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University of Balamand > Academics > Research > Seminars > Jonathan Hall

Writing Citizens: Teaching Writing and Performing Citizenship

Thursday, March 15, 2007 from 12:30 to 13:30 at Jacobo Auditorium

SUBMITTED BY: Dr. Jonathan Hall
Department of English
Faculty of Arts and Social Sciences
University of Balamand

ABSTRACT: This paper is based on the experience of designing and teaching a writing course which focuses on the construction and use of public space. The course is centered in particular on the reconstruction of Martyrs' Square, the public square at the heart of Beirut. As a non-sectarian, central area, it was the dividing line between east and west Beirut during the war, and the scene of fierce fighting; its reconstruction may be seen as an attempt give back to the nation a space in which people may encounter one another as citizens, and in so doing, cross religious, gender and class boundaries. The course has two main aims: first, to call forth the students as citizens who think critically about the construction and use of public space; second, to call forth the students as writers who are able to participate in public discourse. The felicitous metaphors of text as space and space as text shed interesting light on the ways in which citizens and students are brought forth by the discourses in which they participate. In hailing them as citizens, the course sets up public space as the site of open encounters with, and negotiations of, difference, without setting the goal of consensus. However, in hailing them as writers, the course is a disciplinary instrument that territorializes the space of writing. Implicitly, it presents effective communication in terms of following certain rules so as to perform an act of persuasion, creating a community of consensus that excludes difference. Another contradiction lies in the course's relation to bodies: it emphasizes the embodiment of citizens in public space, but gives a strangely disembodied existence to the students as writers. Reading these conflicting ideas back into each other raises key questions: as public space is constructed (or written), is this inevitably an act of territorialization? Does it erase certain bodies? If we are to teach writing as a discipline, how can we possibly keep the space of writing open? How can we position student writers as embodied subjects? What are the possibilities in the Lebanese public sphere and in the writing classroom for 'a more open, even more ethical kind of being' to enable the formation of identities that would have a certain detachability? (Butler, Excitable Speech 161) The paper will examine writing as a form of public performance, a way of turning the self out into public space, and it will explore some of the successes and failures of attempting to imagine and enact certain publicly regulated performances within the writing classroom and within the fraught political context of Lebanon.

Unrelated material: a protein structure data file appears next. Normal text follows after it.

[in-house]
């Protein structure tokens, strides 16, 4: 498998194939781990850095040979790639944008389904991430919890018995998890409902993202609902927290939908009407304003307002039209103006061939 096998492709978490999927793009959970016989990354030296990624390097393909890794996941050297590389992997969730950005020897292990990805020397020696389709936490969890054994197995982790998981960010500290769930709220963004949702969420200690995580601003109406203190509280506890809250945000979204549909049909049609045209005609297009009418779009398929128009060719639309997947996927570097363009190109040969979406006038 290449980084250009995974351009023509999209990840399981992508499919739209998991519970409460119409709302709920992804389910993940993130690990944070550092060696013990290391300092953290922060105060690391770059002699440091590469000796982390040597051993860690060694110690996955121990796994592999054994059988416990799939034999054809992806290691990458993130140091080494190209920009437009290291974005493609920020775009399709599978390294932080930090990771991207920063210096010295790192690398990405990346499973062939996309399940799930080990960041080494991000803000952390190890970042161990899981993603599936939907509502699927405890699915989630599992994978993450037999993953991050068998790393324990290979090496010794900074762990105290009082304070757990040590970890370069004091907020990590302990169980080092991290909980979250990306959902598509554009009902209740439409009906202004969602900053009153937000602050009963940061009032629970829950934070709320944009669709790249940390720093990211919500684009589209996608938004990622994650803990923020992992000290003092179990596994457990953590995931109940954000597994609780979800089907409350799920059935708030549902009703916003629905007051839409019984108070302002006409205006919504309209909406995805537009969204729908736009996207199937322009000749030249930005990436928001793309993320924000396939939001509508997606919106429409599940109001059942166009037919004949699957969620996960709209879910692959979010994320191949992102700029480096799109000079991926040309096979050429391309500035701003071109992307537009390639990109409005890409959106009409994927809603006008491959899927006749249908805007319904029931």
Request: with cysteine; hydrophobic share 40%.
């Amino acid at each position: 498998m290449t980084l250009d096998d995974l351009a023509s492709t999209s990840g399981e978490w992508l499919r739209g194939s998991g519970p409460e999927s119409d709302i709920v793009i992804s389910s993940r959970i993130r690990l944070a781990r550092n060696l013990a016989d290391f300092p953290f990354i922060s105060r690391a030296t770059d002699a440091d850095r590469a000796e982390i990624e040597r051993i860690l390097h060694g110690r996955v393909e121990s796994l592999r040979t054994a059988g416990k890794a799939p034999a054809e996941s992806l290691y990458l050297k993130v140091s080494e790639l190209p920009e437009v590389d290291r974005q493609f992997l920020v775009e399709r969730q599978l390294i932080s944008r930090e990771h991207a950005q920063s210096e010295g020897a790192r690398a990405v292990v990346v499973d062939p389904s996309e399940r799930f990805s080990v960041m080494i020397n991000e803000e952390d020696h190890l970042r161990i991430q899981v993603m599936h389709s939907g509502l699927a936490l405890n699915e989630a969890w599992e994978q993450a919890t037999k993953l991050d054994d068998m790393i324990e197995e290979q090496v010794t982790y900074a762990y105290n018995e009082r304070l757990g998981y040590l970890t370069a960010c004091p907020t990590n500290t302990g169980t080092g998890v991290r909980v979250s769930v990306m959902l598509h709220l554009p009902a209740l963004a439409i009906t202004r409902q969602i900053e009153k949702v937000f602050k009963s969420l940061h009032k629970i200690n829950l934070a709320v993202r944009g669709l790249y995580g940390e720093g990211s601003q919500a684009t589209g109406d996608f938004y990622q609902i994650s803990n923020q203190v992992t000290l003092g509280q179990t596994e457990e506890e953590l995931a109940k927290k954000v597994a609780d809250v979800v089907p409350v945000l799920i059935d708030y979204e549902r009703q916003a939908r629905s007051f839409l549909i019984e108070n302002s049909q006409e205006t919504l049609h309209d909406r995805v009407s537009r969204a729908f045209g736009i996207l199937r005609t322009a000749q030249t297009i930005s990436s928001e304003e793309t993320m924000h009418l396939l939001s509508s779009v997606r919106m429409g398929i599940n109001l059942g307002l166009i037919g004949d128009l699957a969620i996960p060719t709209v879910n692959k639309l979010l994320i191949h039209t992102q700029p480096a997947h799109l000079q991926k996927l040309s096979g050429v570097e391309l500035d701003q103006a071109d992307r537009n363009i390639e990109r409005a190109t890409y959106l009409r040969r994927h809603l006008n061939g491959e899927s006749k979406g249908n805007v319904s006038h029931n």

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Lebanon

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